https://link.springer.com/chapter/10.10 ... -11791-6_7
PDF: https://link.springer.com/content/pdf/1 ... 91-6_7.pdf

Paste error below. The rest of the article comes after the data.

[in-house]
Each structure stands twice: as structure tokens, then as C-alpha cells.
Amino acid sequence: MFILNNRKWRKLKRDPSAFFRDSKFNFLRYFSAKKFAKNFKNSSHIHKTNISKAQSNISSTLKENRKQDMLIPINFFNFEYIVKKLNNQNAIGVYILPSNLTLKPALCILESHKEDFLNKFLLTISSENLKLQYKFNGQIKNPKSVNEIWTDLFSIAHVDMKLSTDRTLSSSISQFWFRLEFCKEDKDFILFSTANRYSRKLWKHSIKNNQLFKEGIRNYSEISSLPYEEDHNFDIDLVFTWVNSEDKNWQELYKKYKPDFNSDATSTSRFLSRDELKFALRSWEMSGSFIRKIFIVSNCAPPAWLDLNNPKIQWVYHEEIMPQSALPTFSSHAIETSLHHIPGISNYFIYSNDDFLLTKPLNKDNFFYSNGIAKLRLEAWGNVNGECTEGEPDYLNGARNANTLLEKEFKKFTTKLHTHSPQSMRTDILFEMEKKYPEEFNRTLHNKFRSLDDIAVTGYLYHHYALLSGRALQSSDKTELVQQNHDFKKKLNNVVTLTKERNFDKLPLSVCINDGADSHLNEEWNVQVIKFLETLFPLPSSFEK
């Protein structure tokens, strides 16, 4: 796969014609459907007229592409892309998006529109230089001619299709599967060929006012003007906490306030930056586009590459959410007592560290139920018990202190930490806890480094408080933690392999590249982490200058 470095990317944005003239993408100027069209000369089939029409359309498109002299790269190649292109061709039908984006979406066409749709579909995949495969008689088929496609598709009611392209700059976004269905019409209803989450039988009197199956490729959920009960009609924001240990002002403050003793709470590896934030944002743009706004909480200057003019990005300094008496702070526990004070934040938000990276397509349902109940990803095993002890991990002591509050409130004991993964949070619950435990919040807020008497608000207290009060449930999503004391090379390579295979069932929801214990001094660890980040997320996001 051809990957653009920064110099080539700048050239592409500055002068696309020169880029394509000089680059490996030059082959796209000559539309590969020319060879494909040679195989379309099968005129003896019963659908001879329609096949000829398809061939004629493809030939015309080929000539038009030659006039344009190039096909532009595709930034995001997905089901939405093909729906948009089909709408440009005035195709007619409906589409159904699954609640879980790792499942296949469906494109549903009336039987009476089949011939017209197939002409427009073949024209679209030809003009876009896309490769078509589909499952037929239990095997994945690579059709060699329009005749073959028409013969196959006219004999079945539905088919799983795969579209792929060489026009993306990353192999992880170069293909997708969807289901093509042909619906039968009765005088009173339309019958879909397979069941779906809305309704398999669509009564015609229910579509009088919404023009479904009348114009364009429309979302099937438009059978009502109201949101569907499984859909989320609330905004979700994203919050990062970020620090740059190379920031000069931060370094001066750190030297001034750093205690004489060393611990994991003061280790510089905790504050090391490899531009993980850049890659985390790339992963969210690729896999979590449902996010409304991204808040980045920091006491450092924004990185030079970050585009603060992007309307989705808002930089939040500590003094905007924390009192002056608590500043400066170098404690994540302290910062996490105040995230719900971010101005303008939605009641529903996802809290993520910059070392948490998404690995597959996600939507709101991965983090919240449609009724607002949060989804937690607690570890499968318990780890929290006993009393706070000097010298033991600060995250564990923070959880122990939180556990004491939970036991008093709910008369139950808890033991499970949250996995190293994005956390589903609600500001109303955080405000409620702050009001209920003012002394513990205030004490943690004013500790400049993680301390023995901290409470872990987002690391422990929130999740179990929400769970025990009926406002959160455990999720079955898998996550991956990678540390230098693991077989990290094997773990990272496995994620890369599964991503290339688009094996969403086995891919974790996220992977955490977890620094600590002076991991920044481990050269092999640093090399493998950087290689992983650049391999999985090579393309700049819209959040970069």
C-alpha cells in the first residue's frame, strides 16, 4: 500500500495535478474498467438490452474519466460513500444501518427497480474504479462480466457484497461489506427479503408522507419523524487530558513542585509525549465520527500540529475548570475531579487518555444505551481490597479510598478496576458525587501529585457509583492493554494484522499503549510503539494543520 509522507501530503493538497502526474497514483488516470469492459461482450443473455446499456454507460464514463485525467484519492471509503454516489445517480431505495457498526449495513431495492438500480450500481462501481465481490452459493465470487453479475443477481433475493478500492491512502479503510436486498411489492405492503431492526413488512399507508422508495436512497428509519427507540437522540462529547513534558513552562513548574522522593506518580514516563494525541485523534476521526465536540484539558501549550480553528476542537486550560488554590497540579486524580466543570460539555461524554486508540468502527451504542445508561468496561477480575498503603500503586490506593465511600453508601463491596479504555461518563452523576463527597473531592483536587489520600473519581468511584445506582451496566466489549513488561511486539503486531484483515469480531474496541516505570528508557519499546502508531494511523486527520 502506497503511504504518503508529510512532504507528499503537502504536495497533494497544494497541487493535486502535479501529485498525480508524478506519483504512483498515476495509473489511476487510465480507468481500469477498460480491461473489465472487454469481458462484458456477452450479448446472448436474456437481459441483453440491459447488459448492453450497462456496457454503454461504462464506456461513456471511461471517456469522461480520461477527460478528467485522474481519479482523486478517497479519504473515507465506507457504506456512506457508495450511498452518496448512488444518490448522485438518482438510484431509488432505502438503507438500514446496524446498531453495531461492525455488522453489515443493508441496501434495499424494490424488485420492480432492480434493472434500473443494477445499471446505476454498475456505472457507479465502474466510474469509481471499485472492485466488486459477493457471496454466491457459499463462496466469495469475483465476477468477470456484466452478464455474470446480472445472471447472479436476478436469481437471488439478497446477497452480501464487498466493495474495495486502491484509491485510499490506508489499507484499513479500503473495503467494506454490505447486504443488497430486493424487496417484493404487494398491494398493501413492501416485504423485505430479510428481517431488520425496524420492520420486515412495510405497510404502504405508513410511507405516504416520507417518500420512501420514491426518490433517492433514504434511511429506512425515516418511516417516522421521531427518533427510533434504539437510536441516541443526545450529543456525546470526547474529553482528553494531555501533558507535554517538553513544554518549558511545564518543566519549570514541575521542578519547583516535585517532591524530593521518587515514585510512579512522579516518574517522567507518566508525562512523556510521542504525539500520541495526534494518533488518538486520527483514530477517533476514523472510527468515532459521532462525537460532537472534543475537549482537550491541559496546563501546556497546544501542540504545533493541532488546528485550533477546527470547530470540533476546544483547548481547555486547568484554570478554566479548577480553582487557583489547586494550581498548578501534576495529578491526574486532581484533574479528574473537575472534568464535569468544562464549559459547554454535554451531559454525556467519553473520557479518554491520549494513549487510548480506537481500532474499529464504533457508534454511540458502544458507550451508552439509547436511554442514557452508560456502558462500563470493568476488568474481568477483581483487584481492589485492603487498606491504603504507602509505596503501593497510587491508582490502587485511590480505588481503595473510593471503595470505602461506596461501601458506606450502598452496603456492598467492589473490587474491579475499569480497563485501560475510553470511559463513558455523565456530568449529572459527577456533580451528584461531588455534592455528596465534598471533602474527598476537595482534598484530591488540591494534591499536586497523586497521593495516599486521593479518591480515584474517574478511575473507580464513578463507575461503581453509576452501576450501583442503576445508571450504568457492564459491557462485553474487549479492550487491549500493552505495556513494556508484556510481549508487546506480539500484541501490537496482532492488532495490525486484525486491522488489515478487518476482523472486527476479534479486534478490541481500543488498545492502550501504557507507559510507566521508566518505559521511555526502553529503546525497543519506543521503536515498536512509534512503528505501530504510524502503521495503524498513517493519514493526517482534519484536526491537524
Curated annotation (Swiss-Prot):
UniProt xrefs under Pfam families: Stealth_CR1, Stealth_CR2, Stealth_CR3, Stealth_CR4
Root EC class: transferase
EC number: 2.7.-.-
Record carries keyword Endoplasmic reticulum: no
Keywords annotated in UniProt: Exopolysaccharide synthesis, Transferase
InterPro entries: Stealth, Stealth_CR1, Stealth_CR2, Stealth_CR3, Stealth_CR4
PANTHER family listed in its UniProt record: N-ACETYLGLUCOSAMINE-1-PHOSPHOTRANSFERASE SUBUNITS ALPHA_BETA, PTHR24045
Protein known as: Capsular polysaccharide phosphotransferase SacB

In the collection of short stories Chunga Maya (2017), Alejandro Rojas Medina imagines a dark future for Cuba, overrun by invasive nanobots and militarized fumigators authorized to exterminate both the technological pests and those humans that propagate them. However, part of Rojas’s strategy for seeing into the future involves extrapolating on biological invasions that are currently affecting Cuban ecosystems. Extreme versions of real-life invasive animal and plant species that do plague present-day Cuba—mutant clarias, radioactive marabú, genetically enhanced hurones cubanos—populate Rojas’s stories. While projects for controlling invasive species often take on xenophobic or nativist undertones in political and cultural discourse, Rojas pushes for a more nuanced understanding of ecological and technological hybridity. Juxtaposed with the nanobot plague, these references suggest that the lessons learned from Cuba’s relationship with foreign biological species can inform the future incorporation of invasive technologies. With a closer look at the short stories of Chunga Maya, this chapter shows how Rojas’s connecting of current crises to future threats highlights the social potential of Cuban science fiction and its capacity to spark dialogs on ecological, technological, and political issues.